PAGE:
Multiple candidates are important as there's no way to predict which kind will work best. The DNA vaccines simply were ready for human testing first.
In October, safety tests are set to begin using the more traditional killed-virus vaccine, developed by the Walter Reed Army Institute of Research.
The NIH also is developing a vaccine using live-but-weakened virus, the type thought to trigger particularly long-lasting immune protection. That's the kind used to protect against rubella, which back in the 1960s caused an epidemic of birth defects.
Q: If the first candidates are safe, what happens next?
A: Fauci expects to open next-step studies in January, enrolling 2,400 to 5,000 people in areas where Zika still is spreading widely to test if the vaccinated are less likely than the unvaccinated to become infected.
Q: Are vaccines aimed at pregnant women?
A: Not at this point. It's hard to test new products during pregnancy. Plus, a foetus can be vulnerable to Zika even before a woman realises she's pregnant.
The goal instead is to vaccinate women of childbearing age and their sexual partners – because Zika also can be transmitted through sex – well before pregnancy ever occurs.
Q: Where do the human challenge studies come in?
A: Jabbing someone with Zika is faster than waiting around for a mosquito to bite them to see if an experimental vaccine provides protection. But first Durbin must find what dose of Zika causes infection, to be sure she's giving a vaccine enough of a challenge.
That's what the study planned for December would do. Volunteers given different amounts of Zika would be kept in a Hopkins hospital unit for 12 days, to be sure the virus had cleared the bloodstream, and would have to agree to use condoms for a while afterward to avoid any possibility of sexual transmission. The second round of the research would recruit volunteers who'd received an experimental vaccine, trying to infect them with Zika six months after their shot.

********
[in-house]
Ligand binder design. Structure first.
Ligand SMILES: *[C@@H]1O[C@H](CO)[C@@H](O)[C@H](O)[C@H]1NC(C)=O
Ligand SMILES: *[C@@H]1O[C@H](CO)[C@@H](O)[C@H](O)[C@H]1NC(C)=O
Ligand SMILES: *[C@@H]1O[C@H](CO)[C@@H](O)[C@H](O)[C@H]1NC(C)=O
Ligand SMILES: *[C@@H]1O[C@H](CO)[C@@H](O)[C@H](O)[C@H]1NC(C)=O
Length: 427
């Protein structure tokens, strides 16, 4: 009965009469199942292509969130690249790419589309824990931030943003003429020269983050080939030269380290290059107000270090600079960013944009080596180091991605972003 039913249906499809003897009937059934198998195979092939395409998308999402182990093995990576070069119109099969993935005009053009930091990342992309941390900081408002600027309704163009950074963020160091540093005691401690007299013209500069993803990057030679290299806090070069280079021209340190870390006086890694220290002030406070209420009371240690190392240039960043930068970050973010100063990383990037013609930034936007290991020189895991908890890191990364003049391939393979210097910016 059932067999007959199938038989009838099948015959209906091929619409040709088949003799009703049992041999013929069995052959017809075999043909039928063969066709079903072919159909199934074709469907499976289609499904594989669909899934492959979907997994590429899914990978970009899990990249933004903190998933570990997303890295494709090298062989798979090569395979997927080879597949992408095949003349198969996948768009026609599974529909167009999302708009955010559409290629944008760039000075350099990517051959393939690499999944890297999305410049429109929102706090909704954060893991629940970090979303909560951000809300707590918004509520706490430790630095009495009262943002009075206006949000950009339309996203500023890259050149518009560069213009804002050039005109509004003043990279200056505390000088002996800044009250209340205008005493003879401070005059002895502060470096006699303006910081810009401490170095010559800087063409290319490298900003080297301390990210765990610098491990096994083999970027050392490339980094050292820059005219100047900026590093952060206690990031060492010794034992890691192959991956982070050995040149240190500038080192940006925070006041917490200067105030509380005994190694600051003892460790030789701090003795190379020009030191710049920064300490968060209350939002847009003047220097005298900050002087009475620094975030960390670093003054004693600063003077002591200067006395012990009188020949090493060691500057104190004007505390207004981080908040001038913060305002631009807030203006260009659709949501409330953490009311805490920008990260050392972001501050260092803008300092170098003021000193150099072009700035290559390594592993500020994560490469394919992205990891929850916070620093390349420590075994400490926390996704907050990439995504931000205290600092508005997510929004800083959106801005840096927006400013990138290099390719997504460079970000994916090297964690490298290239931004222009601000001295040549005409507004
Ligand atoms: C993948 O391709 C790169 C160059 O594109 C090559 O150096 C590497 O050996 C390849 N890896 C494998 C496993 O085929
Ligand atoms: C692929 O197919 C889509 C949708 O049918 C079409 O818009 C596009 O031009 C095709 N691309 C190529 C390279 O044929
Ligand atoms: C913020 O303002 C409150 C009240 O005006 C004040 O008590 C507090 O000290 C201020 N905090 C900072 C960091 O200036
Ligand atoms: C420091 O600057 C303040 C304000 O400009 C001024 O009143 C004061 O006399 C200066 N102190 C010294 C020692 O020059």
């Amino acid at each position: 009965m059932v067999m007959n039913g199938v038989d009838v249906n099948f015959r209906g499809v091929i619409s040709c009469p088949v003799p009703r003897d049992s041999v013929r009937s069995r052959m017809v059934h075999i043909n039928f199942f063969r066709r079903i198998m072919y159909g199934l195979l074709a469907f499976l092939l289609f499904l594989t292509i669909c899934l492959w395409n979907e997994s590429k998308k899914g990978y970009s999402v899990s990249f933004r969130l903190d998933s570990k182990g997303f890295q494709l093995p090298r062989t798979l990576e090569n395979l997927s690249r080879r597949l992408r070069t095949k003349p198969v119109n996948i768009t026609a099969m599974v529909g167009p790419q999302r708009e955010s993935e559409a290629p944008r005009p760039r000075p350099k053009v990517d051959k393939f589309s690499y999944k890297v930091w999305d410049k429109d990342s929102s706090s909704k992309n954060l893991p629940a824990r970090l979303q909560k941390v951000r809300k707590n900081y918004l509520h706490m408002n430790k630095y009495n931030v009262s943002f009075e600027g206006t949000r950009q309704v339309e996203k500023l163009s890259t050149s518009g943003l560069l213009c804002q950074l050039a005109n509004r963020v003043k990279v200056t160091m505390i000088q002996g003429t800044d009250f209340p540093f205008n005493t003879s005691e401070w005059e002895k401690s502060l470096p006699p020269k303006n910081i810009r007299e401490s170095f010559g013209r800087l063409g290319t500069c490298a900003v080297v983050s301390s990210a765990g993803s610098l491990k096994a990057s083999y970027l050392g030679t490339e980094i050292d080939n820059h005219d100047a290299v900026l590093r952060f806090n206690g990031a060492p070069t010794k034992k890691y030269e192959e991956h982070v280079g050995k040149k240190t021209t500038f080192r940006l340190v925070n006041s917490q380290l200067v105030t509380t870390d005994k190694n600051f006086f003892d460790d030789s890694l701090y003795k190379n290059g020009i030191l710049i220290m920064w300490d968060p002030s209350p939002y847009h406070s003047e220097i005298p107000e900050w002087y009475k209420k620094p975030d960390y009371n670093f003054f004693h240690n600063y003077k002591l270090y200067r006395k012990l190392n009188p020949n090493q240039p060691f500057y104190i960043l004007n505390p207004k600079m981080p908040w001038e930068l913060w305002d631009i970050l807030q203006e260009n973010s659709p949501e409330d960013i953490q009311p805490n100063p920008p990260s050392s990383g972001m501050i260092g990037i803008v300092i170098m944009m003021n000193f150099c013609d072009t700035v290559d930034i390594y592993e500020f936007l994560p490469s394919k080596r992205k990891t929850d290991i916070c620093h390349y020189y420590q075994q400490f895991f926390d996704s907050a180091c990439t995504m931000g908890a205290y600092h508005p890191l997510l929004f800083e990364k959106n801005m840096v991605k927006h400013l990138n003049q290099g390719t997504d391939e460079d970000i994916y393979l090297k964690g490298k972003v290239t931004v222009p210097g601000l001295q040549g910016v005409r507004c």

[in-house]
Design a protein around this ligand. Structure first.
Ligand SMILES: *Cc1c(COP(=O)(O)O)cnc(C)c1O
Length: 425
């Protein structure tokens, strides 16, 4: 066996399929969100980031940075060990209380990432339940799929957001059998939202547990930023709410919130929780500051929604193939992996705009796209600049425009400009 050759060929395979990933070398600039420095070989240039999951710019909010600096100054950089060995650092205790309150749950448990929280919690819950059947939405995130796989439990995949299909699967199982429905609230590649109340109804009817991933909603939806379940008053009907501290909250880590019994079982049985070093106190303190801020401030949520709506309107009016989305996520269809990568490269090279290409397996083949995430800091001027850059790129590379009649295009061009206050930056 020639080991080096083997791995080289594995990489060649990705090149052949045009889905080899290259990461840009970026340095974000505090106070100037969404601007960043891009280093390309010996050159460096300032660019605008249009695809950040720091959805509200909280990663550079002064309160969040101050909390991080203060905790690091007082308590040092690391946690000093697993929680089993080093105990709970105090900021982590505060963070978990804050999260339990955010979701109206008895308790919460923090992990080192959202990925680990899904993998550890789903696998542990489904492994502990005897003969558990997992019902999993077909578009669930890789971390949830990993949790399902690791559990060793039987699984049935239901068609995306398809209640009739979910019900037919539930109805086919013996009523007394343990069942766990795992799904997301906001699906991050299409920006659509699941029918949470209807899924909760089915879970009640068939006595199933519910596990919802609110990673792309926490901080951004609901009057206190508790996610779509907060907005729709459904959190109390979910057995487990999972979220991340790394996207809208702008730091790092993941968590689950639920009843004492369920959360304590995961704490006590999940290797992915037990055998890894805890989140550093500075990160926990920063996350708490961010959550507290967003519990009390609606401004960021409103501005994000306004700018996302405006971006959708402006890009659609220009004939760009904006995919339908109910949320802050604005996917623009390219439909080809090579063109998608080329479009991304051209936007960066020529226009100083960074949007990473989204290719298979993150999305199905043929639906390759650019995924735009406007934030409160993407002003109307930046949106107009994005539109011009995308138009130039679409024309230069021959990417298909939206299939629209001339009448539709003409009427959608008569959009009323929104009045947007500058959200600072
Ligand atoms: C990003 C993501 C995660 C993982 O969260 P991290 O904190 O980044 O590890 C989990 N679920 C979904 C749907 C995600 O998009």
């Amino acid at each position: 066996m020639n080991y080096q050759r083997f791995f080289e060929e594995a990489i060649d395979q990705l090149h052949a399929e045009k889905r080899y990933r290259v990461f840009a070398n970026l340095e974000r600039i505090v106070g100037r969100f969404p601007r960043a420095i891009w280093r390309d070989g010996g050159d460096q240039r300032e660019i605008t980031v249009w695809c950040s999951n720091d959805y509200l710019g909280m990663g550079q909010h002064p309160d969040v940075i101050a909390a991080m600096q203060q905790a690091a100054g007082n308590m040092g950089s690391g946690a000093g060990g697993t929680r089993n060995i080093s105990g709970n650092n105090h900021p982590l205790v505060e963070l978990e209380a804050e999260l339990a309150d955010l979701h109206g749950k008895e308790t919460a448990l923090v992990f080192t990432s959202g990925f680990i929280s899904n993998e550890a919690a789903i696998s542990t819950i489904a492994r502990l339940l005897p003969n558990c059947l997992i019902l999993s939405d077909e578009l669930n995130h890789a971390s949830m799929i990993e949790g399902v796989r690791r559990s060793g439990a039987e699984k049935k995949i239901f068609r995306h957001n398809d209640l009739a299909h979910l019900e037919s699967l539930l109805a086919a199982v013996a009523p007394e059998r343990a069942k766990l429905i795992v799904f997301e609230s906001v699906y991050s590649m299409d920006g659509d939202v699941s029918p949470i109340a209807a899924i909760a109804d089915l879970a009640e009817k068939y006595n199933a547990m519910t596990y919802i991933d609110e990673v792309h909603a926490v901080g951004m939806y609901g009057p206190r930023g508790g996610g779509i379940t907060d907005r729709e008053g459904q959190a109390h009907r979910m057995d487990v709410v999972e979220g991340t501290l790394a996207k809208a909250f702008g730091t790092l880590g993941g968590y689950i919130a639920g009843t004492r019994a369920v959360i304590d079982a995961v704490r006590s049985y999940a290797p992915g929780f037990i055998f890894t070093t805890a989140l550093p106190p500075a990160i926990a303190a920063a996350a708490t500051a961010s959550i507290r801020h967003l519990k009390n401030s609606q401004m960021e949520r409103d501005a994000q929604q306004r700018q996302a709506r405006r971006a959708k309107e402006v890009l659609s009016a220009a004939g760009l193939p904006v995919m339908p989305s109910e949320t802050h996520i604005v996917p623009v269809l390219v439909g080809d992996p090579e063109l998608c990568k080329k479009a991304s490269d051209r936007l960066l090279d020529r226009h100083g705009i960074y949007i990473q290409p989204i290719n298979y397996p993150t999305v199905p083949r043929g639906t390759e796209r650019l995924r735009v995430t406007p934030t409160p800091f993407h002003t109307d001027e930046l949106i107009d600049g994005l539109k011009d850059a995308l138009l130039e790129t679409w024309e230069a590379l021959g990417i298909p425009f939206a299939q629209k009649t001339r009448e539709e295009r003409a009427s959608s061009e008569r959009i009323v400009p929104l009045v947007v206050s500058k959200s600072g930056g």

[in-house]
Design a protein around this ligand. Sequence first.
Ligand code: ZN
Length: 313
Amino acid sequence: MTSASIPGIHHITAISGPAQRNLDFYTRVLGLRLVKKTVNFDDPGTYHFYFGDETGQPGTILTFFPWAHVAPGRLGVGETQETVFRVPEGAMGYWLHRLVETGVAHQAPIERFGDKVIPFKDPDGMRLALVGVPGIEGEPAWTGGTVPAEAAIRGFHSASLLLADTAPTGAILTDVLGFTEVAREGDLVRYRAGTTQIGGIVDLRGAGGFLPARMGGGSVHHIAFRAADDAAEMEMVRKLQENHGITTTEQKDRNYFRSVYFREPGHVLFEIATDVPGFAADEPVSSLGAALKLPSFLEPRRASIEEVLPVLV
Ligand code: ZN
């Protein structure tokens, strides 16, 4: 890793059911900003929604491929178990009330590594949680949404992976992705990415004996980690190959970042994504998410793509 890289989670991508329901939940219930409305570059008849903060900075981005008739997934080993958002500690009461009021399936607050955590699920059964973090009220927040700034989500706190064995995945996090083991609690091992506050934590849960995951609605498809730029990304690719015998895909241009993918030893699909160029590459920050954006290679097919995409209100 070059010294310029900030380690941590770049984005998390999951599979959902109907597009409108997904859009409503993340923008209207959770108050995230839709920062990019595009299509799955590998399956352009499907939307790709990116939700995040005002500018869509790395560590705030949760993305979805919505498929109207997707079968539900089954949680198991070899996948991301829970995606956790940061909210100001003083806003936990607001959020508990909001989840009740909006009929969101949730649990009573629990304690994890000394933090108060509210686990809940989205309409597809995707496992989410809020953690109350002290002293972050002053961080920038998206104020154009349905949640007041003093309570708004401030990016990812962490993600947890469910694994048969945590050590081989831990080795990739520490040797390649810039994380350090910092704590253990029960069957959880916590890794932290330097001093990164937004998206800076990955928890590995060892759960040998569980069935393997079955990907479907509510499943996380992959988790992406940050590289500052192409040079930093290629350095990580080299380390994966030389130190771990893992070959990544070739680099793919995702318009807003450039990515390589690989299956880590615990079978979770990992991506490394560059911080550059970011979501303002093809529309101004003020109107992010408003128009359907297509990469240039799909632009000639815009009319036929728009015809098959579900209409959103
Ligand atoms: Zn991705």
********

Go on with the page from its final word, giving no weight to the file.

The extra benefit: Tracking people from the moment they're exposed to Zika also could shed important new light on how the virus affects the body – such as how long it's infectious in blood, semen and other bodily fluids, and just how the immune system fights it off.
Q: Has this been done before?
A: Human challenge studies are rare because they're difficult to perform and expensive. But Durbin recently did just such research to test a potential vaccine against dengue, a dangerous cousin of Zika, and doesn't expect difficulty recruiting volunteers for the Zika study once regulators are satisfied it can be conducted safely.
Q: What about the fight over federal funding for Zika?
A: In February, the Obama administration requested $1.9 billion for the nation's fight against Zika, including vaccine development, but Congress hasn't approved any of it. With existing money running out, federal health officials are taking funds meant for other diseases to get by until the end of the year – but Fauci said NIH alone will need $196 million more in 2017 to avoid delays in the vaccine research.